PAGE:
Diabetes in Cats: Symptoms

More and more cats are developing diabetes mellitus (DM). Cat owners need to act on this alarming fact by learning more about this chronic disease.

What is Diabetes in Cats?

Diabetes is an endocrine disorder. The endocrine system features glands that produce and discharge hormones which regulate many bodily functions.

Insulin is one of these hormones. Like the human body, a cat’s body needs insulin to properly regulate blood sugar levels. If there is not enough insulin produced by the cat, or if the insulin does not function properly, this leads to abnormal blood sugar levels.

Diabetes can lead to high blood sugar (hyperglycemia) which can cause various health problems if left untreated.

Types of Diabetes in Cats

There are two types of diabetes mellitus in cats.

Type 1: Very rare in cats (but common in dogs). Essentially a decrease in the production of insulin leads to high glucose concentrations.

Type 2: The most common form of diabetes in cats. Essentially the body is unable to respond to insulin correctly, resulting in high glucose levels.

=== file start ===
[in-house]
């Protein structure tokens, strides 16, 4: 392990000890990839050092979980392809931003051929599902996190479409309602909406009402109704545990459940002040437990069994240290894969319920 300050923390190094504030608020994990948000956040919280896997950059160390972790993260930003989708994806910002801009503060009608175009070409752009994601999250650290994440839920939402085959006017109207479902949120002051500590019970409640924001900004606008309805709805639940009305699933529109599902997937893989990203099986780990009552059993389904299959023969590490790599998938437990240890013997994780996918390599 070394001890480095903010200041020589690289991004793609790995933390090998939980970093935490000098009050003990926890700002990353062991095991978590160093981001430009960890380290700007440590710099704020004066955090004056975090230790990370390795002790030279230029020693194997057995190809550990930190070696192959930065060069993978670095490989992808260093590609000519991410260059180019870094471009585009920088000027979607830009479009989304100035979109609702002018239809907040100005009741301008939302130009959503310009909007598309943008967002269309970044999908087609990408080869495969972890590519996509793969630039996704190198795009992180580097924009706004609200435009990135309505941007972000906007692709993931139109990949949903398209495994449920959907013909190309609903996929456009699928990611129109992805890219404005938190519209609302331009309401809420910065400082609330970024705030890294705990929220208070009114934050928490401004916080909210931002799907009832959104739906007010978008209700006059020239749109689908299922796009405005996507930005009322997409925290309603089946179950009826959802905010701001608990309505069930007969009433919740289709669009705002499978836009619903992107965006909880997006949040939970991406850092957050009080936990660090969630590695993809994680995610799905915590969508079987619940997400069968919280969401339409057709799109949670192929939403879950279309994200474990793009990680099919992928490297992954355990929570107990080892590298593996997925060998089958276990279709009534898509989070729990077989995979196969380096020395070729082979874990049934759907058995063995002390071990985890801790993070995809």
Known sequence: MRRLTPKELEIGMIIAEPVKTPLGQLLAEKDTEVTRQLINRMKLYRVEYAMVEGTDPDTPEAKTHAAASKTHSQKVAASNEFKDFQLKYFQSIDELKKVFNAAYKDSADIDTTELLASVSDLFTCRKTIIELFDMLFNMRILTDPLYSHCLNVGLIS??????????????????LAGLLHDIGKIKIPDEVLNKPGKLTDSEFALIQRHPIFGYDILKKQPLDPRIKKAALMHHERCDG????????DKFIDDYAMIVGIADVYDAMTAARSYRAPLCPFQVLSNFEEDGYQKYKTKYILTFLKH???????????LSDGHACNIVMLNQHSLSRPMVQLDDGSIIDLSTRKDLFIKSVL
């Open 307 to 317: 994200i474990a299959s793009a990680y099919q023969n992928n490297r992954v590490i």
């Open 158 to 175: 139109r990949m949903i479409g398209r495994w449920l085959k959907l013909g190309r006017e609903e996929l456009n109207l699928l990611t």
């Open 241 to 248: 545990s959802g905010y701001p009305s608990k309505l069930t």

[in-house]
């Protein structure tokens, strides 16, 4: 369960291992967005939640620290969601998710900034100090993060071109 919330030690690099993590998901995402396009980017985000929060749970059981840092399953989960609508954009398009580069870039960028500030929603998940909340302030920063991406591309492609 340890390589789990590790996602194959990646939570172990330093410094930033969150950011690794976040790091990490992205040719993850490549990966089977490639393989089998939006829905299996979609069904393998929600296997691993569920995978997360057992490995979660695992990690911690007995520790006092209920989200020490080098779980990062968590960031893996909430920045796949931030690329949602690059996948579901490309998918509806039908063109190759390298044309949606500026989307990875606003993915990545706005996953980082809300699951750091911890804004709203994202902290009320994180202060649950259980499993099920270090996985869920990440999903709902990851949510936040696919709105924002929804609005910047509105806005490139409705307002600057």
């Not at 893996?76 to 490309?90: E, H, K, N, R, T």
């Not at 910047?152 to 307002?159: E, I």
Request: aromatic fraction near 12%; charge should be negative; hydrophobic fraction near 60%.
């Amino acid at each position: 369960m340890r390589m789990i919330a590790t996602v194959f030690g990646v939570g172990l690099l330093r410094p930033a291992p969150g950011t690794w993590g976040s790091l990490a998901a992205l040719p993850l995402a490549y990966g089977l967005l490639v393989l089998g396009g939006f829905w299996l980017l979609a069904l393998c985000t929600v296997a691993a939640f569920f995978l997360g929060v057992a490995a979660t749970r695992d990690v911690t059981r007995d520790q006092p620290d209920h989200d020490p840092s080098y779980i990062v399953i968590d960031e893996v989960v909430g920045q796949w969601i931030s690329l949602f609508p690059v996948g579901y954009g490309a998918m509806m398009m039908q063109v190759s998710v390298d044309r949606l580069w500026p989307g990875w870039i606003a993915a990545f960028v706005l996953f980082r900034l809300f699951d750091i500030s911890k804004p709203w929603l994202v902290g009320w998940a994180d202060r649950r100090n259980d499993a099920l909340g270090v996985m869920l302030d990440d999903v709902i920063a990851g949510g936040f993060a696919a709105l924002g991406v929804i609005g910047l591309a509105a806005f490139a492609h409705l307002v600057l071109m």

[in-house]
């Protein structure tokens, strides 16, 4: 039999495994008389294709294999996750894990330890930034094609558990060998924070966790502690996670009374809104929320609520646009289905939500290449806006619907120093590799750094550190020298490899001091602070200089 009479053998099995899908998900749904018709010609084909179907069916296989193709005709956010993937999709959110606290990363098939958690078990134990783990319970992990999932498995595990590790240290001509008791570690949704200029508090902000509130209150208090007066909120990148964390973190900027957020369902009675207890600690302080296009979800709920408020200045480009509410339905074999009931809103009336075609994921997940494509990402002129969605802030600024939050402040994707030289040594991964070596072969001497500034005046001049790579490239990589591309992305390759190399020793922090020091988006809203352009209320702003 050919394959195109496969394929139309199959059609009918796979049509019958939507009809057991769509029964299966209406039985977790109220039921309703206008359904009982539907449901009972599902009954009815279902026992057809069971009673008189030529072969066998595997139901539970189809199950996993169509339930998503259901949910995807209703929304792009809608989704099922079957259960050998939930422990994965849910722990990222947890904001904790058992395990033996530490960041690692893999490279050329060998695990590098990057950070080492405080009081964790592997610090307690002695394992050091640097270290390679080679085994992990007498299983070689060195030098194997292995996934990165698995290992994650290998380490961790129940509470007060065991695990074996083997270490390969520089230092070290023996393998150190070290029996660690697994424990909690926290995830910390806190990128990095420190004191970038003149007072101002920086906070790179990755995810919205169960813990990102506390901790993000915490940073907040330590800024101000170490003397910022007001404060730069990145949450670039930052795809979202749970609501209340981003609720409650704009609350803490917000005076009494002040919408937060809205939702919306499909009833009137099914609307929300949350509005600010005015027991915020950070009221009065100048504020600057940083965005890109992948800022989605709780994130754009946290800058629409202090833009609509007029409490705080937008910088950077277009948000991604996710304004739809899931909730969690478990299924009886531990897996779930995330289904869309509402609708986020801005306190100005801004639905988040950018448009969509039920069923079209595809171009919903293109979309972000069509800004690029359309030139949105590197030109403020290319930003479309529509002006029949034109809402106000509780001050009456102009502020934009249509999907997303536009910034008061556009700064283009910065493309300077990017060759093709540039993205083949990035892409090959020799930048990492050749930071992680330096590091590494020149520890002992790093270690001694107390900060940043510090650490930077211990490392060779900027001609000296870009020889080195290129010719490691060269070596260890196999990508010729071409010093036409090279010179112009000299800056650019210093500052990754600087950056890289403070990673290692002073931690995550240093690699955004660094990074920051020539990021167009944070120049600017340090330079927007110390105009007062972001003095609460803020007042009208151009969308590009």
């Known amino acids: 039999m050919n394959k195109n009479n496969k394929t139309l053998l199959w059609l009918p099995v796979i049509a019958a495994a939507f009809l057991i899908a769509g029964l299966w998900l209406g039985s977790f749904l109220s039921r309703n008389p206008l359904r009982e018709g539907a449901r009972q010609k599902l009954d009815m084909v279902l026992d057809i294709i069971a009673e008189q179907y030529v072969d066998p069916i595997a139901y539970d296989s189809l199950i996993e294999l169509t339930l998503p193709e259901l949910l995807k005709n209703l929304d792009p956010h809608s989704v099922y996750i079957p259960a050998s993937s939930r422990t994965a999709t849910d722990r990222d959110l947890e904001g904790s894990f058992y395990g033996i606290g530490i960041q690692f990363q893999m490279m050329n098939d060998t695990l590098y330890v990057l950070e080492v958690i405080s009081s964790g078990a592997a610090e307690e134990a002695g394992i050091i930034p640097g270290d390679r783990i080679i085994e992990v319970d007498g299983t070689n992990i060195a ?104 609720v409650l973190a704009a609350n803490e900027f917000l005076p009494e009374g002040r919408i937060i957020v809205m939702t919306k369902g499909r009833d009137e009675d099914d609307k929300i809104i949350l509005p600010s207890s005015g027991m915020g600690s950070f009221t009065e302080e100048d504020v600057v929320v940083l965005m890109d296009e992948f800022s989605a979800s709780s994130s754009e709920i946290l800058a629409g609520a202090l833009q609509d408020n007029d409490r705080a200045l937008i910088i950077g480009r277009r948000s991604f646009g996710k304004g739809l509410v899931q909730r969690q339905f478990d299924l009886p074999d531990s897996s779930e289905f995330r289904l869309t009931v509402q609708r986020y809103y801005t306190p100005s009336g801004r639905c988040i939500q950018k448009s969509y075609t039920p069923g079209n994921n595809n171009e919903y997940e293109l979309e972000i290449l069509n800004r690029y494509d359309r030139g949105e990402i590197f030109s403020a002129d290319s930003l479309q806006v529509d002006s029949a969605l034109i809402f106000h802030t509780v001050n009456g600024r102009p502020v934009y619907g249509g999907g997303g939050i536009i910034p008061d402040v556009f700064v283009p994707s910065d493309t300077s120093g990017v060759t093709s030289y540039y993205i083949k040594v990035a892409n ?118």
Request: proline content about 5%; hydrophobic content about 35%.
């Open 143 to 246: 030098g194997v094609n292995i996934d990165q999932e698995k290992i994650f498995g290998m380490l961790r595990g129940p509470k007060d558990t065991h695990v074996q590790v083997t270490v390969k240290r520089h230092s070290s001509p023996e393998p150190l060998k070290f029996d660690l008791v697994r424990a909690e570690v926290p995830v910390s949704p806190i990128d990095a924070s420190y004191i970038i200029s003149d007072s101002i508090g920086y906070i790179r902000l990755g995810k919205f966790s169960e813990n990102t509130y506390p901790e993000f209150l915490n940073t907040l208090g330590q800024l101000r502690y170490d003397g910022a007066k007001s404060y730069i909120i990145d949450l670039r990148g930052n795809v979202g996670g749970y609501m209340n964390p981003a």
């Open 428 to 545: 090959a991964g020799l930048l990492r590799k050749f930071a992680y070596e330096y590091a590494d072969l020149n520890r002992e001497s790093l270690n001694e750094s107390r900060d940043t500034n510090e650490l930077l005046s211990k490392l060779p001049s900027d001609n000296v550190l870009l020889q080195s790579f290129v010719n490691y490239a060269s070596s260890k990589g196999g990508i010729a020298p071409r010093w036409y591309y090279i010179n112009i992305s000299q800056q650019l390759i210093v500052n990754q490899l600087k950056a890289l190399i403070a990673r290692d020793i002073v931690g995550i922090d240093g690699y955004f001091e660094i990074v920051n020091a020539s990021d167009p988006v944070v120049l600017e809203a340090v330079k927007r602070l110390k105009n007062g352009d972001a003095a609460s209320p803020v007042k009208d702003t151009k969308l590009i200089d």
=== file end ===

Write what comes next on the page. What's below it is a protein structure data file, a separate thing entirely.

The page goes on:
Quick FAQs and Answers About Diabetes in Cats

Is one sex more at risk?                                    
Yes, male cats tend to be more prone to this condition.

Risk factors for diabetes in cats?                       
Age, obesity and physical inactivity.

Are certain breeds predisposed to it?                
Yes, Burmese cats.

Is diabetes in cats common?                             
It’s less common than in dogs, but cases are increasing.

Symptoms of Diabetes Mellitus in Cats

  • Weight loss
  • Increased thirst
  • Increased appetite
  • Increased urination

Other Possible Symptoms:

  • Vomiting
  • Poor hair coat
  • Weakness
  • Enlarged liver
  • Bladder infections
  • Collapse

Keep in mind that some or a combination of these symptoms can also be signs of other conditions and diseases. Either way, it’s important to bring them to your veterinarian’s attention.

The main treatment of DM is insulin. Your veterinary team will teach you how to inject the insulin; with time and experience, both you and your cat will adapt to these injections very well.  While there is no cure for feline DM, this disease can be managed fairly well when you work with your veterinary healthcare team. Cats with well-controlled diabetes can live many years of high-quality life.

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